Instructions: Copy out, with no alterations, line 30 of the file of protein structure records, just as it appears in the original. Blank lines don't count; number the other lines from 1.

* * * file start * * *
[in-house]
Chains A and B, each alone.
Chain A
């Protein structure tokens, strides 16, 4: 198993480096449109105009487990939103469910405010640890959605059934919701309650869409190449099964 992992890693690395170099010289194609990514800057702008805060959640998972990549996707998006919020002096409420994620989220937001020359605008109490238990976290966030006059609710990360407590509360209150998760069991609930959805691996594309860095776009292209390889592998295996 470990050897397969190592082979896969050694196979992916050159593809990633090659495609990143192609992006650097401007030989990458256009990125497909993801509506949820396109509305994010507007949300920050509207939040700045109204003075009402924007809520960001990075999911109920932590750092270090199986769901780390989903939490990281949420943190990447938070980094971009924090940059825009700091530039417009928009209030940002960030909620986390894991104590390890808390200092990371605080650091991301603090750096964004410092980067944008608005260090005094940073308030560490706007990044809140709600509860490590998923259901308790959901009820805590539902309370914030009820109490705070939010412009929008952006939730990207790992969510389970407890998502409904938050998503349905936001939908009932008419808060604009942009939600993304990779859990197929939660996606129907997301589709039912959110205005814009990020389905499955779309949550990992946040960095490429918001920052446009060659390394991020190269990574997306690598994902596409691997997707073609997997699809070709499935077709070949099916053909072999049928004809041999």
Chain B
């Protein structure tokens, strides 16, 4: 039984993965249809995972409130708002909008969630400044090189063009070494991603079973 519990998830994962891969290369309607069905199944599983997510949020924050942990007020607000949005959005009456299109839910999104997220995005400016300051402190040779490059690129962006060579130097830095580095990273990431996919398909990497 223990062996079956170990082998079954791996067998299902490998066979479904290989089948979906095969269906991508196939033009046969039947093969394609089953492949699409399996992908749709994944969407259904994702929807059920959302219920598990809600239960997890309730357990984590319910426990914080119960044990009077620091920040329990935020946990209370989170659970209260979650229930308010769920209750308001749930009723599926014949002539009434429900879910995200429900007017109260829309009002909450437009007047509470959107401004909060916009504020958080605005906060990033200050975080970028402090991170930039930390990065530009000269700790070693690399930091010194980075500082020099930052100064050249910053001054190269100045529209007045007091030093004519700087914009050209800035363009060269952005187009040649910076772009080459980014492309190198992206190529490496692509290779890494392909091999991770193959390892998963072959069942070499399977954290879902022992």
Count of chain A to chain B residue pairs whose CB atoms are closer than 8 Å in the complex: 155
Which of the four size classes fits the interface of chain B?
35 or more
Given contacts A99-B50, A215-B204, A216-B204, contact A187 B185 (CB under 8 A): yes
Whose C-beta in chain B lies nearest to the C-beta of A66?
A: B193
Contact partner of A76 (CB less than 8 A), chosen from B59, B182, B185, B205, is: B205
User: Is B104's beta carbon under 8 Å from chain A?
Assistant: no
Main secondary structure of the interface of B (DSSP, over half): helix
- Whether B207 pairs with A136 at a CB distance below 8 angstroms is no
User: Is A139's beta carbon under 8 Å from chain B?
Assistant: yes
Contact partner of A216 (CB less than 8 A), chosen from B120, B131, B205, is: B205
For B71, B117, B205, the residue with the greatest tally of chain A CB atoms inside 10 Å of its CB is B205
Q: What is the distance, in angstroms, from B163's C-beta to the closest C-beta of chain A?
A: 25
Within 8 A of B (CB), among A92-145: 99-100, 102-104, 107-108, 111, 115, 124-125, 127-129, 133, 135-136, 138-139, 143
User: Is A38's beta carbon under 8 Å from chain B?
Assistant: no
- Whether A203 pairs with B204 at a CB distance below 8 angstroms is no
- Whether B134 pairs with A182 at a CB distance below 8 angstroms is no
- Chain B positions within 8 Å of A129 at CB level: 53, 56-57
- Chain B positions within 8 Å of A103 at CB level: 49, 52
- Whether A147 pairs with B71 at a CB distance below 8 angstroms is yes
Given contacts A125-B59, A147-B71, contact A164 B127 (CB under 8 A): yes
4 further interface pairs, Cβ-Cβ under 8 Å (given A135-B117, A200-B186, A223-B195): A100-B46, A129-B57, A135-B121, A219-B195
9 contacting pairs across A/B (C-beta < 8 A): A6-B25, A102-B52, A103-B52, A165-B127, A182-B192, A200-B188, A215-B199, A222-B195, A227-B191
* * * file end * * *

- Chain B positions within 8 Å of A103 at CB level: 49, 52